Survivor of Sex Trafficking Speaks Out as Battle Against Crimes Continues

Midkiff is among the 1 percent of the 300,000 U.S. victims of sex trafficking who are rescued

By Hetty Chang
|  Wednesday, May 29, 2013  |  Updated 10:34 PM PDT
View Comments (
)
|
Email
|
Print
Just 1 percent of the 300,000 U.S. victims of sex trafficking are rescued. Survivor Jessica Midkiff is among those few, and now works as a mentor for nonprofit groups that helped her recover as the county continues fighting the crime that often ensnares children. Hetty Chang reports for the NBC4 News at 5 p.m. on May 29, 2013.

Hetty Chang

Just 1 percent of the 300,000 U.S. victims of sex trafficking are rescued. Survivor Jessica Midkiff is among those few, and now works as a mentor for nonprofit groups that helped her recover as the county continues fighting the crime that often ensnares children. Hetty Chang reports for the NBC4 News at 5 p.m. on May 29, 2013.

advertisement

An attention-grabbing mural on the side of an auto body repair shop on the edge of downtown Los Angeles has an surprising message: it depicts a young woman and states "I am a survivor of sex trafficking."

The mural, put up in April on the corner of Sixth Street and Ceres Avenue, shows the face of 28-year old Jessica Midkiff, who spoke with NBC4 about being forced into the sex trade as a child.

"At 11, I worked at home, out of the house," she said. "Little by little, guys started coming around. Older guys wanting sexual favors in exchange for food, clothes and money."

What followed was more than a decade of life as a prostitute, forced to perform sex acts by a pimp, who used sexual assault, manipulation and threats to Midkiff and her family to make her obey. Like many victims, Midkiff, pictured below at right, said her pimp led her to believe the two could be in a relationship.

"He crept up anytime he could," she said. "Told me he could treat me better, take care of me, we could be a family and he would marry me one day."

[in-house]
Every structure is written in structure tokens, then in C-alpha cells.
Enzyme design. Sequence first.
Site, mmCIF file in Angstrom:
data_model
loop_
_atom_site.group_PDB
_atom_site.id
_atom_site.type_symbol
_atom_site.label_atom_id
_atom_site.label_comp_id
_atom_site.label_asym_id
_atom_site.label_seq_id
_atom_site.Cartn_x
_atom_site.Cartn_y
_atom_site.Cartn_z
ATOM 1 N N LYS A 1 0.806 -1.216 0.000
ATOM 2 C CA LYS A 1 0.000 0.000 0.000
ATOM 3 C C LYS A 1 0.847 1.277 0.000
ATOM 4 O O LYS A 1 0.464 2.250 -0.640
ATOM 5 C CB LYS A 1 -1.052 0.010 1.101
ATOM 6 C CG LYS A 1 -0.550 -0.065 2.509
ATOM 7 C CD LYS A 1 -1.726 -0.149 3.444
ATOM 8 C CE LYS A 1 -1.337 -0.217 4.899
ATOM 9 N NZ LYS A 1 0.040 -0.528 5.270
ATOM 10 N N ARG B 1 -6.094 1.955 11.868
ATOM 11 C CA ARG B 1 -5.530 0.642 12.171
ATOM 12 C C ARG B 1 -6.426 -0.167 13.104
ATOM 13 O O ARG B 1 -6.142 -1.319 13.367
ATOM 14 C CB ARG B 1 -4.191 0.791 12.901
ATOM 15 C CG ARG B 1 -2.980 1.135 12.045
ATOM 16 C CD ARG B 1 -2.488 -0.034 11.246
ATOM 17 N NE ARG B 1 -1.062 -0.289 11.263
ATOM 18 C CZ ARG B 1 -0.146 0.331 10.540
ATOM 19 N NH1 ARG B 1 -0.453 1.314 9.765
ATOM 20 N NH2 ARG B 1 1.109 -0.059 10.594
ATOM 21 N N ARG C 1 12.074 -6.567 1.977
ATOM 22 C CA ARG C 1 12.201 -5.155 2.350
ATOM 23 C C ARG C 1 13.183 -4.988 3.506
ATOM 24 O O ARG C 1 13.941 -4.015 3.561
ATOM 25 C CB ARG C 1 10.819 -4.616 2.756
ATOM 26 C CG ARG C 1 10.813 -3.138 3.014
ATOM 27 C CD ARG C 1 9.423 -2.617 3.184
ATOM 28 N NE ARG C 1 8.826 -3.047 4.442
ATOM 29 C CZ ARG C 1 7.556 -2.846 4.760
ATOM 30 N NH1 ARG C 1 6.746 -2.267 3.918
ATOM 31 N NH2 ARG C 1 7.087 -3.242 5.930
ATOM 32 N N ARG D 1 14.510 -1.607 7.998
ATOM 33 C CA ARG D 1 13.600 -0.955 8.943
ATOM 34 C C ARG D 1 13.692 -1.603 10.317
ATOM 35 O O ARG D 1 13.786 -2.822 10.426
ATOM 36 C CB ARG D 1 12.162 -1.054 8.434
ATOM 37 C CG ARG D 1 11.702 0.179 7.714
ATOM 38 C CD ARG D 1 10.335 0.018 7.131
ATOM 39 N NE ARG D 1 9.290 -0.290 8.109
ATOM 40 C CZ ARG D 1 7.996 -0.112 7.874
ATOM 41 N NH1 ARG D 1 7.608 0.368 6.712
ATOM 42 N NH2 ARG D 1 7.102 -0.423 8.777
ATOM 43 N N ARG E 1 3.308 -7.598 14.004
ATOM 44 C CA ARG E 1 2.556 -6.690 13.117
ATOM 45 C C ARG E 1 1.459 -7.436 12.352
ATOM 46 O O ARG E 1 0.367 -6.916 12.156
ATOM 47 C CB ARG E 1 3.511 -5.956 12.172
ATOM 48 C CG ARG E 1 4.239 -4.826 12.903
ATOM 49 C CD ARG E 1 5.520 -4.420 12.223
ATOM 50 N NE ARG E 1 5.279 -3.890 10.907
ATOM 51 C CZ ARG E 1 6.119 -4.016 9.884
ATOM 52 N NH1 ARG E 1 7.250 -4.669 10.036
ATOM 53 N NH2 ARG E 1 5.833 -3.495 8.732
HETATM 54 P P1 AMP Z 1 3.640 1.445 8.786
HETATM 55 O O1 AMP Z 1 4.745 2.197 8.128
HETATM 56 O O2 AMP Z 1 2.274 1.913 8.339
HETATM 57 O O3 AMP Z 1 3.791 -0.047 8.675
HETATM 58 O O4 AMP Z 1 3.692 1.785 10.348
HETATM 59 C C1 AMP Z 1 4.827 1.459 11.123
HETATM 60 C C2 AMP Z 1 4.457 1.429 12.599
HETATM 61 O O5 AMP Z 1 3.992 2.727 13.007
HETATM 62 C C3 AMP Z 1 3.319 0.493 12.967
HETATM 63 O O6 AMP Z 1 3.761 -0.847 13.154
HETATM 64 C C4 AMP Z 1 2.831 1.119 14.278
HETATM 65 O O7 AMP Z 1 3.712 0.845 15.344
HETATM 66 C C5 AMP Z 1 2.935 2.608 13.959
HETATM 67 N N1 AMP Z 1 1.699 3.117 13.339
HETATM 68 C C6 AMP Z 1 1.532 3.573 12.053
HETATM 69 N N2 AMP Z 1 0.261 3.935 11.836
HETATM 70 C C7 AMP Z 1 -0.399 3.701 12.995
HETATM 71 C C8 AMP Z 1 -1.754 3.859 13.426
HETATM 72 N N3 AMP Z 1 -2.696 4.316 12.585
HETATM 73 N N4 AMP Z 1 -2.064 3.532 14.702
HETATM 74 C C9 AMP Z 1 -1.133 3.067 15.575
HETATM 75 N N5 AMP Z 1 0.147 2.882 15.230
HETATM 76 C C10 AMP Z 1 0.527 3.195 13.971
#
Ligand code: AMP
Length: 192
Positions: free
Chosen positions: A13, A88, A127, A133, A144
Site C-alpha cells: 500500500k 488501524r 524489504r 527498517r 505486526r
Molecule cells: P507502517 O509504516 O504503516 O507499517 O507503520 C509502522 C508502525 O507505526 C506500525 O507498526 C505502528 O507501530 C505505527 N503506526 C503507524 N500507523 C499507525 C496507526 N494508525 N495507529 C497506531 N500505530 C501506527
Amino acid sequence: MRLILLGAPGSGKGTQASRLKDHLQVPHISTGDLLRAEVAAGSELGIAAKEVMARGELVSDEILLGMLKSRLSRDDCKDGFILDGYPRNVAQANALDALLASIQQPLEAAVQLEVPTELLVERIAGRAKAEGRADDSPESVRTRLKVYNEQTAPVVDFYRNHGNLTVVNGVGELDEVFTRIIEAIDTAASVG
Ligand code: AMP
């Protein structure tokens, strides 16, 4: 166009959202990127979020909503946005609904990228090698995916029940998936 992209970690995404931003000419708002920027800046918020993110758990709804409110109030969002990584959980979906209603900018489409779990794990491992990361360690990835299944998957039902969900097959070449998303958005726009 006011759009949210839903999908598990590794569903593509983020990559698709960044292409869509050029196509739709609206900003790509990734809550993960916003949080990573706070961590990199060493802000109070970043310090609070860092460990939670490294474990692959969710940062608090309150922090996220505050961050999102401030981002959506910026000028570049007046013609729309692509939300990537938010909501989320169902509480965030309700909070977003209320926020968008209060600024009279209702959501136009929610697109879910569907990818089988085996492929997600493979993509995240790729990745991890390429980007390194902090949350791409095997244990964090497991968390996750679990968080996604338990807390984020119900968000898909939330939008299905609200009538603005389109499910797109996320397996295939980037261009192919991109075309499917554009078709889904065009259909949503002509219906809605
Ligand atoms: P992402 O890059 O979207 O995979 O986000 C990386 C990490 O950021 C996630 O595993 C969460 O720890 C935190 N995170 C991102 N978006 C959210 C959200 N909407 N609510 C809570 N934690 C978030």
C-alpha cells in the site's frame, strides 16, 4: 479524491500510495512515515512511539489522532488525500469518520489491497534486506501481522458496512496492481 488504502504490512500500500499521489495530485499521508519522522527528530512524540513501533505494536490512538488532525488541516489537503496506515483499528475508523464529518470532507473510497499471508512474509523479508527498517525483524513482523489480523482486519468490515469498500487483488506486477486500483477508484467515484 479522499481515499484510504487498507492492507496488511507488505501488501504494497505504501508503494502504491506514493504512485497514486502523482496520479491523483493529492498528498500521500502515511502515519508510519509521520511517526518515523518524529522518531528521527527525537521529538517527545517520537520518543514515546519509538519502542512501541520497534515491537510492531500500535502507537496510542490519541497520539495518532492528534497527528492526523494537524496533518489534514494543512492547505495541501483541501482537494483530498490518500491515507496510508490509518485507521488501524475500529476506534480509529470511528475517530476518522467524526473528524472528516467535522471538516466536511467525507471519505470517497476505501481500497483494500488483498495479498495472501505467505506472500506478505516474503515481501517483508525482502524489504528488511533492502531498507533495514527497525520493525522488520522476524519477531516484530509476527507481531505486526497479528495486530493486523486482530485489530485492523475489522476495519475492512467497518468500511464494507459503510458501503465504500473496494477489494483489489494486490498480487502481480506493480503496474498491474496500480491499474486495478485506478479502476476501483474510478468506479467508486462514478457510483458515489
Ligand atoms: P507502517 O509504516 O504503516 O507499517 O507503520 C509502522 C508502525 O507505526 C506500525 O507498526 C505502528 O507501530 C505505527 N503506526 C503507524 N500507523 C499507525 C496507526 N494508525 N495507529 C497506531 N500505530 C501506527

What he did instead, according to Midkiff, was force her into prostitution. She describes one night, when she was kidnapped.

"A few guys kinda rushed up on the car, by gunpoint, pulled me out of the car, blindfolded me and laid me down in the back," she said. "Then I experienced a lot of different traumas, abuse. I wasn't able to get away from them for at least a month, almost."

Midkiff's chance to escape came as police arrived at her trafficker's door.

"My pimp at the time sodomized a young lady and did lots of other things to her," she said. "She was able to get away and get to the police."

She now works as a mentor for some of the nonprofit groups that are helping her recover.

Midkiff is among the 1 percent of the 300,000 victims of sex trafficking in the United States who are actually rescued. That means 99 percent are never found.

Last week, two Long Beach men were arrested on suspicion of forcing a teenage girl and two women into prostitution. Police believe there may be more victims.

The child sex trade is a specific target of a Los Angeles County's program focused on such crimes. The county's Probation Department's Domestic Sex Trafficking Unit is the only such unit in the world targeting the trafficking and sexual exploitation of youth.

"I always thought human trafficking had everything to do with things that happen overseas, not things that happen in this country," said Michelle Guymon, the county's sex trafficking unit project manager.

Guymon said she looked at young girls like Midkiff in probation in a different light -- before she understood what sex trafficking was.

"For me, it was really personal when I found out that the girls I kind of had judgement about -- teenage prostitutes -- were actually victims of sexual exploitation," she said. "How did we miss that for so long?"

The unit sees victims as young as 10 years old.

"I think what really changed it for me, was that first 12-year-old and that first 10-year-old," Guymon said.

The cases are difficult to enforce and prosecute without the testimony of the victims, according to Guymon.

"The only way that you have an arrest or case is if a young girl testifies," she said. "And most likely they're not going to do that because they're afraid."

Guymon became emotional when we asked her about the road to recovery for girls who are rescued.

"They're amazing resilient young women," she said, crying. "They've really risen above some really tough odds."

Follow NBCLA for the latest LA news, events and entertainment: iPhone/iPad App | Facebook | Twitter | Google+ | Instagram | RSS | Text Alerts | Email Alerts

Get the latest headlines sent to your inbox!
View Comments (
)
|
Email
|
Print
Leave Comments
What's New
Running Dry
Coverage of the California drought. Read more
Follow Us
Sign up to receive news and updates that matter to you.
Send Us Your Story Tips
Check Out